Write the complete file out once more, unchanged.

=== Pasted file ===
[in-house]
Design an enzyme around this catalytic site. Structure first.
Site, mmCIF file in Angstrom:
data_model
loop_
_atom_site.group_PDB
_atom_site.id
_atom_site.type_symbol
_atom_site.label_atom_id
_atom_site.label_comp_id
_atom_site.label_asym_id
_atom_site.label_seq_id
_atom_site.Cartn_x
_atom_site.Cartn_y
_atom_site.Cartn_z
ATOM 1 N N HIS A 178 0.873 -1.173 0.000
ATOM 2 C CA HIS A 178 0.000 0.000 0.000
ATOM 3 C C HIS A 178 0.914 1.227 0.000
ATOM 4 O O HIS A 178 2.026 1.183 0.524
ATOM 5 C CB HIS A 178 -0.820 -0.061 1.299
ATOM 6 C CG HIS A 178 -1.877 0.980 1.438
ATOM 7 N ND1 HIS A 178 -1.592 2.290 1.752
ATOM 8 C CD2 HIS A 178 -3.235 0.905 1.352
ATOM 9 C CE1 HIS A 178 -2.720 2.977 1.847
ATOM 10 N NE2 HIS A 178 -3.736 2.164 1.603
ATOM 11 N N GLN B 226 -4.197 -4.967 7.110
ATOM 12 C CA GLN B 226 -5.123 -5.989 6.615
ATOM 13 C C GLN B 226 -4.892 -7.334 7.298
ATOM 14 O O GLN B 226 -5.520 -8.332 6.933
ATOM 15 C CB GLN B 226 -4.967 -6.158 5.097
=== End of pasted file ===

[in-house]
Design an enzyme around this catalytic site. Structure first.
Site, mmCIF file in Angstrom:
data_model
loop_
_atom_site.group_PDB
_atom_site.id
_atom_site.type_symbol
_atom_site.label_atom_id
_atom_site.label_comp_id
_atom_site.label_asym_id
_atom_site.label_seq_id
_atom_site.Cartn_x
_atom_site.Cartn_y
_atom_site.Cartn_z
ATOM 1 N N HIS A 178 0.873 -1.173 0.000
ATOM 2 C CA HIS A 178 0.000 0.000 0.000
ATOM 3 C C HIS A 178 0.914 1.227 0.000
ATOM 4 O O HIS A 178 2.026 1.183 0.524
ATOM 5 C CB HIS A 178 -0.820 -0.061 1.299
ATOM 6 C CG HIS A 178 -1.877 0.980 1.438
ATOM 7 N ND1 HIS A 178 -1.592 2.290 1.752
ATOM 8 C CD2 HIS A 178 -3.235 0.905 1.352
ATOM 9 C CE1 HIS A 178 -2.720 2.977 1.847
ATOM 10 N NE2 HIS A 178 -3.736 2.164 1.603
ATOM 11 N N GLN B 226 -4.197 -4.967 7.110
ATOM 12 C CA GLN B 226 -5.123 -5.989 6.615
ATOM 13 C C GLN B 226 -4.892 -7.334 7.298
ATOM 14 O O GLN B 226 -5.520 -8.332 6.933
ATOM 15 C CB GLN B 226 -4.967 -6.158 5.097